Pietro Maffi

From Wikipedia, the free encyclopedia
Jump to: navigation, search
Styles of
Pietro Maffi
External Ornaments of a Cardinal Bishop.svg
Reference style His Eminence
Spoken style Your Eminence
Informal style Cardinal
See Pisa

Pietro Maffi (October 12, 1858 – March 17, 1931) was an Italian Cardinal of the Roman Catholic Church. He served as Archbishop of Pisa from 1903 until his death, and was elevated to the cardinalate in 1907.


Pietro Maffi

Born in Corteolona, Pietro Maffi studied at the seminary in Pavia (from where he obtained his doctorate in theology) before being ordained to the priesthood in 1881. He was raised to the rank of Privy Chamberlain of His Holiness that same year, and taught philosophy and sciences at the Pavia seminary, of which he was also rector. Maffi founded the meteorological observatory and the Museum of Natural History of Pavia, as well as serving as editor and director of Rivista di scienze fisiche e matematiche. Maffi was later named Pro-Vicar General of Pavia and pro-synodal examiner, doctor honoris causa of theological college of Parma, and a supernumerary member of its scientific academy. In 1901, Maffi was made Vicar General of Ravenna and the prefect of its seminary's studies, becoming Apostolic Administrator of the archdiocese on April 26, 1902.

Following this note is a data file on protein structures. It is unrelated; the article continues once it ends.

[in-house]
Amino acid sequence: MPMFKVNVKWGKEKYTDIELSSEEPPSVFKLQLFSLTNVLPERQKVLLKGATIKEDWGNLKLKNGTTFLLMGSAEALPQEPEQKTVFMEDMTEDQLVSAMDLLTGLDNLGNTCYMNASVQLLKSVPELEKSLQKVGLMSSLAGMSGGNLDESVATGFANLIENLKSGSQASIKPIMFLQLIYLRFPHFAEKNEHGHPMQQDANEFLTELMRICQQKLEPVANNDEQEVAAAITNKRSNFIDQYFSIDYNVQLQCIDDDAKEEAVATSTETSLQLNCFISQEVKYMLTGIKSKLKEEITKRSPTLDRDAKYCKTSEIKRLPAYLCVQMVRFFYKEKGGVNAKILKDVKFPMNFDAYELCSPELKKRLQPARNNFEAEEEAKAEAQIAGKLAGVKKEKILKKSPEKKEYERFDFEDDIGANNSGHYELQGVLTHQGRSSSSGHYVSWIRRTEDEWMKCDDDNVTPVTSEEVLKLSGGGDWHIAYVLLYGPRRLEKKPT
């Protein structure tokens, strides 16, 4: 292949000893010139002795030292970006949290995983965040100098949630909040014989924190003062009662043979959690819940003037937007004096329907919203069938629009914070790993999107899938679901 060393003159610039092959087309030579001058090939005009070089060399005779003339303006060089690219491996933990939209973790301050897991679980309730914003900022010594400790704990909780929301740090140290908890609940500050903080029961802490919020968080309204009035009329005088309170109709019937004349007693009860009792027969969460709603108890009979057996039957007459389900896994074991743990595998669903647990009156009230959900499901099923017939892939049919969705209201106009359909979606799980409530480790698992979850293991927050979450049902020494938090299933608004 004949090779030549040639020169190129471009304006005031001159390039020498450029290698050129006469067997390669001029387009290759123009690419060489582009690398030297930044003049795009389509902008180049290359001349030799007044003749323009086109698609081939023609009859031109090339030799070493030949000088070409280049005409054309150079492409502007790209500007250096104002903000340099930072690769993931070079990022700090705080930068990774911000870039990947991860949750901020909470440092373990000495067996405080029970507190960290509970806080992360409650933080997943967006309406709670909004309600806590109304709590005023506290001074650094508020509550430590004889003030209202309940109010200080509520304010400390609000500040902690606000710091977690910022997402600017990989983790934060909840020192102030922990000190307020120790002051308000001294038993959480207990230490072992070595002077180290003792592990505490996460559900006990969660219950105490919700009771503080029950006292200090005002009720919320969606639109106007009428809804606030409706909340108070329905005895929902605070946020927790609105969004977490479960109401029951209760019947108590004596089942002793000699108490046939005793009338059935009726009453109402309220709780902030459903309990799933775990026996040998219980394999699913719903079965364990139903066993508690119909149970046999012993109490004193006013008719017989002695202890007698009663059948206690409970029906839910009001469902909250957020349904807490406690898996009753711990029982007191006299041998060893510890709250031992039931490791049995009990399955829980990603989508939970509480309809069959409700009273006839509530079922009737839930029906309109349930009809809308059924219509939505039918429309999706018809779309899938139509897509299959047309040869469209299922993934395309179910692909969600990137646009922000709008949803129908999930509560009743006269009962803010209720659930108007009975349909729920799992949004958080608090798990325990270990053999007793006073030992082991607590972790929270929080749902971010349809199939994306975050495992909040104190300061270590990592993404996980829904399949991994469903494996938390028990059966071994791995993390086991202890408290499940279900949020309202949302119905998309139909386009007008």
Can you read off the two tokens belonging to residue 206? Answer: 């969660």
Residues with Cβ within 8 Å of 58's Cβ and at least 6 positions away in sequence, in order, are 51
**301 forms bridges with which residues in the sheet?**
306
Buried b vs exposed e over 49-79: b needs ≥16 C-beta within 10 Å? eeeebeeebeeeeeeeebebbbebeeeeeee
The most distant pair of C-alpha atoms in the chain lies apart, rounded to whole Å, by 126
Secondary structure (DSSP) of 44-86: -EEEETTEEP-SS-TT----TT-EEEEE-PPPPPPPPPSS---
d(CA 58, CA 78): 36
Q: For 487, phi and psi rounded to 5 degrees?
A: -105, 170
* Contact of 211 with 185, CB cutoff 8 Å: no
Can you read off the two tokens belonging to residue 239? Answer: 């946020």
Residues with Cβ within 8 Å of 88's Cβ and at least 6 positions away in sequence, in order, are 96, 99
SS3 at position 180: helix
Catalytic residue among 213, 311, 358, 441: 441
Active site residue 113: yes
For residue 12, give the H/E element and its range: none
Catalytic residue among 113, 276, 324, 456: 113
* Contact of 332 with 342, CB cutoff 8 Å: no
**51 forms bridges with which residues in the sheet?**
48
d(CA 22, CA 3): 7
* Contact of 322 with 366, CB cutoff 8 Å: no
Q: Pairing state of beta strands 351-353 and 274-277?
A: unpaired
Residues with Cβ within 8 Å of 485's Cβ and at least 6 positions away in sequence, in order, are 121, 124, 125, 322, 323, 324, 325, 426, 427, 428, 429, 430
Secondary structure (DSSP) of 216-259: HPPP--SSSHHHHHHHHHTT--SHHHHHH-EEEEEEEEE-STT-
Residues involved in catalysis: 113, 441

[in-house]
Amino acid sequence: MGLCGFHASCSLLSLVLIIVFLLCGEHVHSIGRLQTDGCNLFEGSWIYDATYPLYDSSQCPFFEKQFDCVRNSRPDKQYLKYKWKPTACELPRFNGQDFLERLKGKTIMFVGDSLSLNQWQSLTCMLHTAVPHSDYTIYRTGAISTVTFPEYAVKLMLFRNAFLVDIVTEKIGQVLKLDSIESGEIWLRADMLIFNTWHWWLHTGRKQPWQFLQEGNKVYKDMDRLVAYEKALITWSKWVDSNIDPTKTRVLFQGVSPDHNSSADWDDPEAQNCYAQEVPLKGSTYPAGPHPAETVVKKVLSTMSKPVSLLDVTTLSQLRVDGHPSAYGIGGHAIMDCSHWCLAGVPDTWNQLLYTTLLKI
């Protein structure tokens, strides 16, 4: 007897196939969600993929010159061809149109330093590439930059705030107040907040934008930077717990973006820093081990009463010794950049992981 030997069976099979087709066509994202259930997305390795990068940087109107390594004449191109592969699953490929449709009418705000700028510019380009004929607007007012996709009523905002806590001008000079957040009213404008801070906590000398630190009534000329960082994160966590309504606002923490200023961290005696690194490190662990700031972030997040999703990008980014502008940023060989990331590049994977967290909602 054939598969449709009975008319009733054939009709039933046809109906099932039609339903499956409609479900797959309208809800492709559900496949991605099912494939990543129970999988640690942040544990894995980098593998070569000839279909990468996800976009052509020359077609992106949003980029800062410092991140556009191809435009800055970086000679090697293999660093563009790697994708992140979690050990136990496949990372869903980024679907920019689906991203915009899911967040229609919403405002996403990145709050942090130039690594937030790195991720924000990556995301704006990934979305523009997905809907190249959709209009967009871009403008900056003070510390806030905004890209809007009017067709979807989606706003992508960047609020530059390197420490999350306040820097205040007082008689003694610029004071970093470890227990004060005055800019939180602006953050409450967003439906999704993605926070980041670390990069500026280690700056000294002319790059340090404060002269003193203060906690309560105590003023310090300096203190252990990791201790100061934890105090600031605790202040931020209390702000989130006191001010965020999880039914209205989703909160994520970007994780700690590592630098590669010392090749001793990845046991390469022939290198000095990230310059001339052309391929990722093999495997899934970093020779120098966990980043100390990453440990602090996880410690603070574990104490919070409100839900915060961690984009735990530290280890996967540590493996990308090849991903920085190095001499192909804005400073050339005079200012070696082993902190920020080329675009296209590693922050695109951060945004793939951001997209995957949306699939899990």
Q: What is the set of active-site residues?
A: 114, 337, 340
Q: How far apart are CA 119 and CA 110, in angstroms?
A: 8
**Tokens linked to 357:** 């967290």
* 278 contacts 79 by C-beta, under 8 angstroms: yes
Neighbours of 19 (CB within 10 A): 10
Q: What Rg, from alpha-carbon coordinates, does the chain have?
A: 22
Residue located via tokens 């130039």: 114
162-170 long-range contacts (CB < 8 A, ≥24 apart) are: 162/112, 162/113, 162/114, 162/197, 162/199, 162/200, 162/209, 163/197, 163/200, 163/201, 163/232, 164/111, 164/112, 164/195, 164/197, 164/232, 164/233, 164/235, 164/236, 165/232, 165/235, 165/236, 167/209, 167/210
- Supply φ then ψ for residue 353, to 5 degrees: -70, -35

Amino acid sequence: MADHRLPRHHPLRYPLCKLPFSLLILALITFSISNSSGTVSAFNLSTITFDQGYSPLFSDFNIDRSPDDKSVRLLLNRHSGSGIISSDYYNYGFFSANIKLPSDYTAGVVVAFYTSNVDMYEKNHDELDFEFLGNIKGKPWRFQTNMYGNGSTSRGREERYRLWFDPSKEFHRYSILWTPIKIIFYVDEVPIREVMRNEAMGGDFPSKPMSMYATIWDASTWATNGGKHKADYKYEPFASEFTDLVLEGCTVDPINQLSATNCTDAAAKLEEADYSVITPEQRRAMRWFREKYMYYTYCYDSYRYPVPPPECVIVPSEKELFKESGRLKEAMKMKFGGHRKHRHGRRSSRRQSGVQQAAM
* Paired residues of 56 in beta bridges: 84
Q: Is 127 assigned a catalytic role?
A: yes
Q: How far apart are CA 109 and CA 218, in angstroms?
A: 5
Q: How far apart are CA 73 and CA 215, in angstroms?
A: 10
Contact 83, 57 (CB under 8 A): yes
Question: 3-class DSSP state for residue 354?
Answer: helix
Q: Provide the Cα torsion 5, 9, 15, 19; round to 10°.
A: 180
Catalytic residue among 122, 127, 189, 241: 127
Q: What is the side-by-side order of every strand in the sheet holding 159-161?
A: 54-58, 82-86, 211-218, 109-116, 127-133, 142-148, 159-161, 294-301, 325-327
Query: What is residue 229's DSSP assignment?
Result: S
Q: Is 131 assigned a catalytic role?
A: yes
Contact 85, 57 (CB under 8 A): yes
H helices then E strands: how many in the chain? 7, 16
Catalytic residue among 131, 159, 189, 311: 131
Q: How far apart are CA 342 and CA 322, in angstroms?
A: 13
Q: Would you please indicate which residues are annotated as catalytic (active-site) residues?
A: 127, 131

On June 9, 1902, Maffi was appointed Auxiliary Bishop of Ravenna and Titular Bishop of Caesarea in Mauretania by Pope Leo XIII. He received his episcopal consecration on the following June 11 from Cardinal Lucido Parocchi, with Archbishops Felix-Marie de Neckere and Diomede Panici serving as co-consecrators, at the Basilica of Saint Paul Outside the Walls in Rome. Maffi was later advanced to Archbishop of Pisa on June 22, 1903. In addition to his pastoral duties, he was named director and administrator of the Vatican Observatory on November 30, 1904.

Pope Pius X created him Cardinal Priest of San Crisogono in the consistory of April 15, 1907. Maffi participated in and was a chief candidate in the 1914 papal conclave, which selected Pope Benedict XV.

During World War I, Maffi was known as the "War Cardinal" for his support of a fight-to-the-finish policy.[1]

He also participated in the 1922 conclave, which selected Pope Pius XI. In a 1925 pastoral letter, the Archbishop issued a scathing attack on the Fascist government, which subsequently halted the letter's publication.[1]

A close friend of the Royal Family, in 1930, he presided at the marriage of Crown Prince Umberto of Italy and Princess Marie-José of Belgium. The Cardinal continued to write numerous scientific and astronomical works, the best known of which is Nei cieli. His love for science once provoked Pisa's outrage, when Maffi proposed to erect a statue of Galileo Galilei, the scientist condemned by the Inquisition as a heretic.[1]

Maffi died in Pisa, at age 72. He is buried at the Cathedral of Pisa.


  1. ^ a b c TIME Magazine. Enemy of Fascism March 23, 1925

External links[edit]

Catholic Church titles
Preceded by
Ferdinando Capponi
Archbishop of Pisa
Succeeded by
Gabriele Vettori